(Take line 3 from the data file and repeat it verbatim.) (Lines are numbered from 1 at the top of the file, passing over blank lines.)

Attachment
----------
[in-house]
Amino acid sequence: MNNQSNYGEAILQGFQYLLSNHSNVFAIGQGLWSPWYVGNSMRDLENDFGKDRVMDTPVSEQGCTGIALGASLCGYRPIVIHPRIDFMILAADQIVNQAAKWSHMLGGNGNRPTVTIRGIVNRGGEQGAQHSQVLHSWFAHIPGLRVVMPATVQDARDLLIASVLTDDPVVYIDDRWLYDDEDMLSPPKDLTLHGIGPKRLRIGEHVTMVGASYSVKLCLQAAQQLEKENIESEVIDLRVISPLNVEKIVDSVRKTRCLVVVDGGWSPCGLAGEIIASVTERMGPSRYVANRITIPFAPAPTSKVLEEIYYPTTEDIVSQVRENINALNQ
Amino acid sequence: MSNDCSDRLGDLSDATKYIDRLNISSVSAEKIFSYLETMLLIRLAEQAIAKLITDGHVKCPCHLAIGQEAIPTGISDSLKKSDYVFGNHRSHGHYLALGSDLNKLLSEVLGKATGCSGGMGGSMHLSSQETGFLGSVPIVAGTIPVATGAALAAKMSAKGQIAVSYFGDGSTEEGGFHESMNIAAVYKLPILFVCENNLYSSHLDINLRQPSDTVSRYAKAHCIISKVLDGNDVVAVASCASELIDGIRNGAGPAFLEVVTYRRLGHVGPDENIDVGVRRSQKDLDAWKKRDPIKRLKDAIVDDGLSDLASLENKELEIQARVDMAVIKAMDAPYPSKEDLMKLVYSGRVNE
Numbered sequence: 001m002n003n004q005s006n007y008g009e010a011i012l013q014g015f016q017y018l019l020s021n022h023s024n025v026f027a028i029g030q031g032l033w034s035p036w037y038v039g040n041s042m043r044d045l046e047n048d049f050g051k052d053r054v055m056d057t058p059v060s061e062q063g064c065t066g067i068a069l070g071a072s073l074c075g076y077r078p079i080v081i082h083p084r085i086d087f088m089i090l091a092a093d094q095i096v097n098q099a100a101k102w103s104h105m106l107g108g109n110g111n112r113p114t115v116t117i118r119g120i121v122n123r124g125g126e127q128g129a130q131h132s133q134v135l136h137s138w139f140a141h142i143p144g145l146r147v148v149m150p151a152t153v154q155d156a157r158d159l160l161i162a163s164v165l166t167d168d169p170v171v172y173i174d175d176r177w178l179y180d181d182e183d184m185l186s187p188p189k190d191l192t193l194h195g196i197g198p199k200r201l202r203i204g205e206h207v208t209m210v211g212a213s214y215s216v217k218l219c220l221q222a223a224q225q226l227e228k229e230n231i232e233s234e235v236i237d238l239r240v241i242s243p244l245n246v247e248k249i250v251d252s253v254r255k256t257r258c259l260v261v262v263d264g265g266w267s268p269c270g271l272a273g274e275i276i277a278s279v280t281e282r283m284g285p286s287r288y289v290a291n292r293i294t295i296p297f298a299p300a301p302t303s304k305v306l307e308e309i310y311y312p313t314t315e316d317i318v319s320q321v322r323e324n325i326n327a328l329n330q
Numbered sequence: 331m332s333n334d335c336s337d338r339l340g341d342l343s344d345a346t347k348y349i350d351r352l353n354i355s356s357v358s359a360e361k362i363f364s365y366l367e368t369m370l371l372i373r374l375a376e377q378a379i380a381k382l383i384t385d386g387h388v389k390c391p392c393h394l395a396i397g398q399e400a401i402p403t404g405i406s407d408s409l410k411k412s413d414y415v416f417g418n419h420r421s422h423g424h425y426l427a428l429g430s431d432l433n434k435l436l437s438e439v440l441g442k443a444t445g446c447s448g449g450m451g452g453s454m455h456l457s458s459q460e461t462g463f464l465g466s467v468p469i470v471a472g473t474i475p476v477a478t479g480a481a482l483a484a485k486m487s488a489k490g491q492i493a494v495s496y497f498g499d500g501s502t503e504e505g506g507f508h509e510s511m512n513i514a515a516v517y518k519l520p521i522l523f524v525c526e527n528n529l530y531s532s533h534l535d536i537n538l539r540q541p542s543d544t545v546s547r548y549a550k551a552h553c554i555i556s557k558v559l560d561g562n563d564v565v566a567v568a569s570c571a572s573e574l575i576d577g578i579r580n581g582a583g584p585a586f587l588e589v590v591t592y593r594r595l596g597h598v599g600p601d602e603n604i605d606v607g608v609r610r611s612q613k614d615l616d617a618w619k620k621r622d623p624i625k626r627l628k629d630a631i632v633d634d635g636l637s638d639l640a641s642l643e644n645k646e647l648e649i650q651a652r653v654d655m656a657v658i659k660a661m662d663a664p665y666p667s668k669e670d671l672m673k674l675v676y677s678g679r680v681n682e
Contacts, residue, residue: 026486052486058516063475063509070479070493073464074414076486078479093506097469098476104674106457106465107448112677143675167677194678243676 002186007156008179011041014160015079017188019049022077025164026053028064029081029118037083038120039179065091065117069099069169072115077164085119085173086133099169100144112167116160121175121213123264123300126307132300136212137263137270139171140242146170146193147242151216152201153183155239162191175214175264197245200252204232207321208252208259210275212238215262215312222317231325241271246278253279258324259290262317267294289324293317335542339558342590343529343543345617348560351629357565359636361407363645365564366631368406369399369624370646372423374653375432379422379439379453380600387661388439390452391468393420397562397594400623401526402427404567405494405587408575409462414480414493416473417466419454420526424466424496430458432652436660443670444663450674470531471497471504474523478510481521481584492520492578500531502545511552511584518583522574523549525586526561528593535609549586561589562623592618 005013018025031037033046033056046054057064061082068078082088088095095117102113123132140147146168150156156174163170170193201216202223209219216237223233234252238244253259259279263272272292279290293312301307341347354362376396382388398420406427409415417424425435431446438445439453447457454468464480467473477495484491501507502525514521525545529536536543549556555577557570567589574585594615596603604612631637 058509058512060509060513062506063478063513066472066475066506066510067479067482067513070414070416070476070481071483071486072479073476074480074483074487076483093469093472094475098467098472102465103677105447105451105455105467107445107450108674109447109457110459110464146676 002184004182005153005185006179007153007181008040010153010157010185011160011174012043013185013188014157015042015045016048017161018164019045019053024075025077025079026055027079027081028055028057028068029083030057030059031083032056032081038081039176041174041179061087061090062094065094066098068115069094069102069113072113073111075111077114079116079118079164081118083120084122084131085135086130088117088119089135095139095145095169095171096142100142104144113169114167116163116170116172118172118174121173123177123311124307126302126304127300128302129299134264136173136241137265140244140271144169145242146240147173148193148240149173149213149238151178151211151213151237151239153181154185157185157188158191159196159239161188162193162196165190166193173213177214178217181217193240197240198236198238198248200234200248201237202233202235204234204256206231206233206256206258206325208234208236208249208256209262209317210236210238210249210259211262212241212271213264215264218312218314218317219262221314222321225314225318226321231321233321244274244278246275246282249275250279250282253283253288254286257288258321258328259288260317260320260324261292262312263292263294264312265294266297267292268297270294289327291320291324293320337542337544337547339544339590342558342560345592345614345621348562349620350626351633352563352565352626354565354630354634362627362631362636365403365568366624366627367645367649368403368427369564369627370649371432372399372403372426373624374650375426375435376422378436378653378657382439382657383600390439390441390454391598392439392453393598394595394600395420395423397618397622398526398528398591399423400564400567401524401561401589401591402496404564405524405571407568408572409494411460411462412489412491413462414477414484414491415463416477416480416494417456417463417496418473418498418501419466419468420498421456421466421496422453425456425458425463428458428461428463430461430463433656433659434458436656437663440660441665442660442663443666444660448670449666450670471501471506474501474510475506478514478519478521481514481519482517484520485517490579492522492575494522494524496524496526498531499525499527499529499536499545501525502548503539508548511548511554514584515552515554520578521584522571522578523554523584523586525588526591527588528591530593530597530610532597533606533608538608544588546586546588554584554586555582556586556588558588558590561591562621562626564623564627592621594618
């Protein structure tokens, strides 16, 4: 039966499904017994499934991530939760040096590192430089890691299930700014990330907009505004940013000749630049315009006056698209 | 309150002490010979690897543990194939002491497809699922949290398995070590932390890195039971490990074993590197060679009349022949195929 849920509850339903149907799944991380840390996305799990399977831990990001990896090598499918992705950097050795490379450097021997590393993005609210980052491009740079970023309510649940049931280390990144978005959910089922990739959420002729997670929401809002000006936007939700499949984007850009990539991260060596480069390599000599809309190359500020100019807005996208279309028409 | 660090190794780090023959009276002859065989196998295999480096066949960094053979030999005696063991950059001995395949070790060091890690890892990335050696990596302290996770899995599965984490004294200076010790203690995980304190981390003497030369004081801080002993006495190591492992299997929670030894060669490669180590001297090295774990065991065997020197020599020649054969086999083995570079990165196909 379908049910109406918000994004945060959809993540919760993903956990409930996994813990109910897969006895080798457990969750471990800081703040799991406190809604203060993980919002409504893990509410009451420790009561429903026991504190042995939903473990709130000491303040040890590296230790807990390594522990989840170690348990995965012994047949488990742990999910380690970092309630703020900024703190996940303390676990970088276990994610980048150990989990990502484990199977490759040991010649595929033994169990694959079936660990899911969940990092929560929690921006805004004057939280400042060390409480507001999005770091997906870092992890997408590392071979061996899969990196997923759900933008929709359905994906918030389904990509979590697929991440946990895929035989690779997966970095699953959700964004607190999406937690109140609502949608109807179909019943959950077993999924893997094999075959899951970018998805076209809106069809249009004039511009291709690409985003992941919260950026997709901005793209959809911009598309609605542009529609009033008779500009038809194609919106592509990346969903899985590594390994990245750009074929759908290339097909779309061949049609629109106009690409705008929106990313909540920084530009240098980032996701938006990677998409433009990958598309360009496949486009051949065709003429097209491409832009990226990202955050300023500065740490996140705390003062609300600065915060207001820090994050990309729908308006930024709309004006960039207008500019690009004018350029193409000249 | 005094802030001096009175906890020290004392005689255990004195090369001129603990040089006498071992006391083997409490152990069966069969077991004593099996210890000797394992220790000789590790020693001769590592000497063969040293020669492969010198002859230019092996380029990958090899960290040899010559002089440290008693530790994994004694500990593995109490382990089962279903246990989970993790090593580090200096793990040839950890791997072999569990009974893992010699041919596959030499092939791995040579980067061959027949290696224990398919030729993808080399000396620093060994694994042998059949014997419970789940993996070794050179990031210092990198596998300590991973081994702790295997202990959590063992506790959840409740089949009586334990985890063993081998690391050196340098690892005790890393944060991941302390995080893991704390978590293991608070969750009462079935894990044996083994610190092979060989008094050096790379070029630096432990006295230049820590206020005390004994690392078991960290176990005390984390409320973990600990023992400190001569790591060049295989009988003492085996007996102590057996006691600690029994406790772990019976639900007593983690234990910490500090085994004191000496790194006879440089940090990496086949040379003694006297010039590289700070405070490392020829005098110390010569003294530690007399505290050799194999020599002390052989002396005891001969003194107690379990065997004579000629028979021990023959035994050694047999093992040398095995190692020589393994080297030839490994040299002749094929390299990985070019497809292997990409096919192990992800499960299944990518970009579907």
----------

Amino acid sequence: MSNDCSDRLGDLSDATKYIDRLNISSVSAEKIFSYLETMLLIRLAEQAIAKLITDGHVKCPCHLAIGQEAIPTGISDSLKKSDYVFGNHRSHGHYLALGSDLNKLLSEVLGKATGCSGGMGGSMHLSSQETGFLGSVPIVAGTIPVATGAALAAKMSAKGQIAVSYFGDGSTEEGGFHESMNIAAVYKLPILFVCENNLYSSHLDINLRQPSDTVSRYAKAHCIISKVLDGNDVVAVASCASELIDGIRNGAGPAFLEVVTYRRLGHVGPDENIDVGVRRSQKDLDAWKKRDPIKRLKDAIVDDGLSDLASLENKELEIQARVDMAVIKAMDAPYPSKEDLMKLVYSGRVNE